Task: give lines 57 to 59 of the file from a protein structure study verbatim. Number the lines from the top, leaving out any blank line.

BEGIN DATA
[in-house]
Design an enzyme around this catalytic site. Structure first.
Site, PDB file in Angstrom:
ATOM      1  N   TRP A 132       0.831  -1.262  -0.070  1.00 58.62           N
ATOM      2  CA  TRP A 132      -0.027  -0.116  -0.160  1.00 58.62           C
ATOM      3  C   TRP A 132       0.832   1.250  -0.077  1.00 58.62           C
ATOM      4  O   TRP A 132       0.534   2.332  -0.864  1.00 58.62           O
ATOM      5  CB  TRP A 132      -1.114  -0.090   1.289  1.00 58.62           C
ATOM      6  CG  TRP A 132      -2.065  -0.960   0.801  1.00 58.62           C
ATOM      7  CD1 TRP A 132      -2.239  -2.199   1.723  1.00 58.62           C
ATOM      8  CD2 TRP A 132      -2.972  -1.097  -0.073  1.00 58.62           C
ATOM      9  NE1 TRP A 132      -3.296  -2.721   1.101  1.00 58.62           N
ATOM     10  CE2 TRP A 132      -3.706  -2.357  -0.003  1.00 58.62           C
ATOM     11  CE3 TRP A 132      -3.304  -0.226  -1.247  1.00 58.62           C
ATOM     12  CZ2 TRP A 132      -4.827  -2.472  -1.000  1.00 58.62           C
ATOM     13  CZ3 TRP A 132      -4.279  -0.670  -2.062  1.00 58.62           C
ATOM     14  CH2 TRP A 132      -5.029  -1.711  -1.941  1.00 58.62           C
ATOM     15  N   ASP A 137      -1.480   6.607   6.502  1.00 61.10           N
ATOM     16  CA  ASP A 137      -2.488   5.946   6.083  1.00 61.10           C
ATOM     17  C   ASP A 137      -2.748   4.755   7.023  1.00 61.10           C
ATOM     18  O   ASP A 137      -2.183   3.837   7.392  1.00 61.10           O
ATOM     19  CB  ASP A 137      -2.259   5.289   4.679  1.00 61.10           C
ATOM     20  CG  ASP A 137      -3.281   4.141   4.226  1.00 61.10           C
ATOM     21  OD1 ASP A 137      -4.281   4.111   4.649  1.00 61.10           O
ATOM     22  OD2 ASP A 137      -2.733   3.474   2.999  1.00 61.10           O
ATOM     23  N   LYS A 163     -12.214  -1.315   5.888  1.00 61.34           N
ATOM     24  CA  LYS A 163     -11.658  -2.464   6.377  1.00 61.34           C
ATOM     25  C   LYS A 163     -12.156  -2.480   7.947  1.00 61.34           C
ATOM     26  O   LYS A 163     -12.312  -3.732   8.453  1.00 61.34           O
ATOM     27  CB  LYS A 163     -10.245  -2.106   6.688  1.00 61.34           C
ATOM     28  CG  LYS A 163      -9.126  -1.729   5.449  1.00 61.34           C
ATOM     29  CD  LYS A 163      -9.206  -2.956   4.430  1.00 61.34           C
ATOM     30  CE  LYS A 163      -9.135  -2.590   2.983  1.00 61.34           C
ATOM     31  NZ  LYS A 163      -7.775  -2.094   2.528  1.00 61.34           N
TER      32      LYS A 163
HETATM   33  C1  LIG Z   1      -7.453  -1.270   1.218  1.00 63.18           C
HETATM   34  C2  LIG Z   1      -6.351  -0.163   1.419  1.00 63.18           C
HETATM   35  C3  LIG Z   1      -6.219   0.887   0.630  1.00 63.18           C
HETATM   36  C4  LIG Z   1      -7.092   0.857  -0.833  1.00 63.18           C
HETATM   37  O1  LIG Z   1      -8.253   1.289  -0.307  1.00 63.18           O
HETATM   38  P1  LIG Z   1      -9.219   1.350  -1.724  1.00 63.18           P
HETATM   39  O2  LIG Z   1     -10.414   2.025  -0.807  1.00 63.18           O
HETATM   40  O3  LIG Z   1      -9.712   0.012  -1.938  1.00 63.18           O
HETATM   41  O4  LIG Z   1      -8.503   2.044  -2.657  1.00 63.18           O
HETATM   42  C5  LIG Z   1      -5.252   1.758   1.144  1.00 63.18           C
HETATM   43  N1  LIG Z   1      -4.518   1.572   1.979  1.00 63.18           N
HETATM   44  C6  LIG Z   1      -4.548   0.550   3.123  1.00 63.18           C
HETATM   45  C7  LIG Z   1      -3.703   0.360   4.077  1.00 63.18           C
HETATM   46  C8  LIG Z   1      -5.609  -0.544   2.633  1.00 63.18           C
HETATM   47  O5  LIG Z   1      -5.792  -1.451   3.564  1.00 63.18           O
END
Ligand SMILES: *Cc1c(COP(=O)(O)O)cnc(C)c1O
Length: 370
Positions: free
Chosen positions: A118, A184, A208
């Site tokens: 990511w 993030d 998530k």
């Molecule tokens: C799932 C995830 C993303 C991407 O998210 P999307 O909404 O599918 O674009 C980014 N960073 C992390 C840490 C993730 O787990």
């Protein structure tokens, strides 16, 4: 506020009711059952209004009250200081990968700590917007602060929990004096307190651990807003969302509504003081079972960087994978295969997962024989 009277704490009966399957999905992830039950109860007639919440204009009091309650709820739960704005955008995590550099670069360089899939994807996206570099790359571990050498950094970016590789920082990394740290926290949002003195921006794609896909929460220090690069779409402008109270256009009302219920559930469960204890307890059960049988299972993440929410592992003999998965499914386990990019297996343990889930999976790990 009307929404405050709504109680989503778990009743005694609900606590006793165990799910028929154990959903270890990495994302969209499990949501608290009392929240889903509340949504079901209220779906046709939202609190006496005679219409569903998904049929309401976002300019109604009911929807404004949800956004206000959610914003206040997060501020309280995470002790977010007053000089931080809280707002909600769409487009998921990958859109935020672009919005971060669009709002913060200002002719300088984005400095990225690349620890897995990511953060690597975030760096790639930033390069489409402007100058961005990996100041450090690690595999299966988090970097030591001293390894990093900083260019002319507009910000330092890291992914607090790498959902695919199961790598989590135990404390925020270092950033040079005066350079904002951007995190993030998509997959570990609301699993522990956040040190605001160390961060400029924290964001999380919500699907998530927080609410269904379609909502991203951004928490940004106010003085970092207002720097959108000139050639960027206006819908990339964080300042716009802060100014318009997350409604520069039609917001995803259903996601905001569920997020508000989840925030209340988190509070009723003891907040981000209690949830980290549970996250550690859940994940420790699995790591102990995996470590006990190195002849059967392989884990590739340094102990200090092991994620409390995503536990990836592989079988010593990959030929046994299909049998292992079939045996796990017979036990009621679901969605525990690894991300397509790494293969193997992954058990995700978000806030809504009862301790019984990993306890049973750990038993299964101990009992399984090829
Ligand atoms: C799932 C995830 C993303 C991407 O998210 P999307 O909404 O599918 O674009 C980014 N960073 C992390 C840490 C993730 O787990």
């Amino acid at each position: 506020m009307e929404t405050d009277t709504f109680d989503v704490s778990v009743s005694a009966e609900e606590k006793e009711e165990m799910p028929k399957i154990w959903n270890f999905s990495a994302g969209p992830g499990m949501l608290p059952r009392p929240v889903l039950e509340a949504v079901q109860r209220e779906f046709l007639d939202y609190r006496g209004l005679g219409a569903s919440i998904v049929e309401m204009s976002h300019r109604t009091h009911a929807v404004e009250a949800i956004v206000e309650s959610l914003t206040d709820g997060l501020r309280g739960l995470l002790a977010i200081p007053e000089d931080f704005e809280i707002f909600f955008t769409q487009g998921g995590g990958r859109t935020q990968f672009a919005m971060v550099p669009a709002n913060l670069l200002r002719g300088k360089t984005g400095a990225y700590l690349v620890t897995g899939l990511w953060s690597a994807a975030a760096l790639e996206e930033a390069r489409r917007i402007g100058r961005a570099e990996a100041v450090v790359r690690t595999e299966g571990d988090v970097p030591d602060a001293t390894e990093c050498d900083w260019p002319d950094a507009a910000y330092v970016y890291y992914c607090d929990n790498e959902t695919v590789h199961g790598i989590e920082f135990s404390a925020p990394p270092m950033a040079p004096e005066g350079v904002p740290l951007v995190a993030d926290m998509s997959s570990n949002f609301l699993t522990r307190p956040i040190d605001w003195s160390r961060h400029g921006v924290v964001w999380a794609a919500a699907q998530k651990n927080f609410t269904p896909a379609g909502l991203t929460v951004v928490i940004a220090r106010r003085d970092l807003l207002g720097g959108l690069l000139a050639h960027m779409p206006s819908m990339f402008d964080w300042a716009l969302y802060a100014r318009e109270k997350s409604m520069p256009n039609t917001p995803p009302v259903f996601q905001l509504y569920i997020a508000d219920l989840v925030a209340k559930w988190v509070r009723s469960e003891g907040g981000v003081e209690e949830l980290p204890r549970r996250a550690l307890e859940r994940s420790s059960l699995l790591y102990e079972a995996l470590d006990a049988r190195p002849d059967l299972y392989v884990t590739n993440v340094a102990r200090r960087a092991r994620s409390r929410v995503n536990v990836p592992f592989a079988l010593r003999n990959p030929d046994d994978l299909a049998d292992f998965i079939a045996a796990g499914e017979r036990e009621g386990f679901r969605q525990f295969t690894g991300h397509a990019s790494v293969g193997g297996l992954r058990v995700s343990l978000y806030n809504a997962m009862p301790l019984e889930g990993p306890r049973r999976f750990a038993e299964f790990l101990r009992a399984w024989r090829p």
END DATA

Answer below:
């Molecule tokens: C799932 C995830 C993303 C991407 O998210 P999307 O909404 O599918 O674009 C980014 N960073 C992390 C840490 C993730 O787990």
């Protein structure tokens, strides 16, 4: 506020009711059952209004009250200081990968700590917007602060929990004096307190651990807003969302509504003081079972960087994978295969997962024989 009277704490009966399957999905992830039950109860007639919440204009009091309650709820739960704005955008995590550099670069360089899939994807996206570099790359571990050498950094970016590789920082990394740290926290949002003195921006794609896909929460220090690069779409402008109270256009009302219920559930469960204890307890059960049988299972993440929410592992003999998965499914386990990019297996343990889930999976790990 009307929404405050709504109680989503778990009743005694609900606590006793165990799910028929154990959903270890990495994302969209499990949501608290009392929240889903509340949504079901209220779906046709939202609190006496005679219409569903998904049929309401976002300019109604009911929807404004949800956004206000959610914003206040997060501020309280995470002790977010007053000089931080809280707002909600769409487009998921990958859109935020672009919005971060669009709002913060200002002719300088984005400095990225690349620890897995990511953060690597975030760096790639930033390069489409402007100058961005990996100041450090690690595999299966988090970097030591001293390894990093900083260019002319507009910000330092890291992914607090790498959902695919199961790598989590135990404390925020270092950033040079005066350079904002951007995190993030998509997959570990609301699993522990956040040190605001160390961060400029924290964001999380919500699907998530927080609410269904379609909502991203951004928490940004106010003085970092207002720097959108000139050639960027206006819908990339964080300042716009802060100014318009997350409604520069039609917001995803259903996601905001569920997020508000989840925030209340988190509070009723003891907040981000209690949830980290549970996250550690859940994940420790699995790591102990995996470590006990190195002849059967392989884990590739340094102990200090092991994620409390995503536990990836592989079988010593990959030929046994299909049998292992079939045996796990017979036990009621679901969605525990690894991300397509790494293969193997992954058990995700978000806030809504009862301790019984990993306890049973750990038993299964101990009992399984090829
Ligand atoms: C799932 C995830 C993303 C991407 O998210 P999307 O909404 O599918 O674009 C980014 N960073 C992390 C840490 C993730 O787990």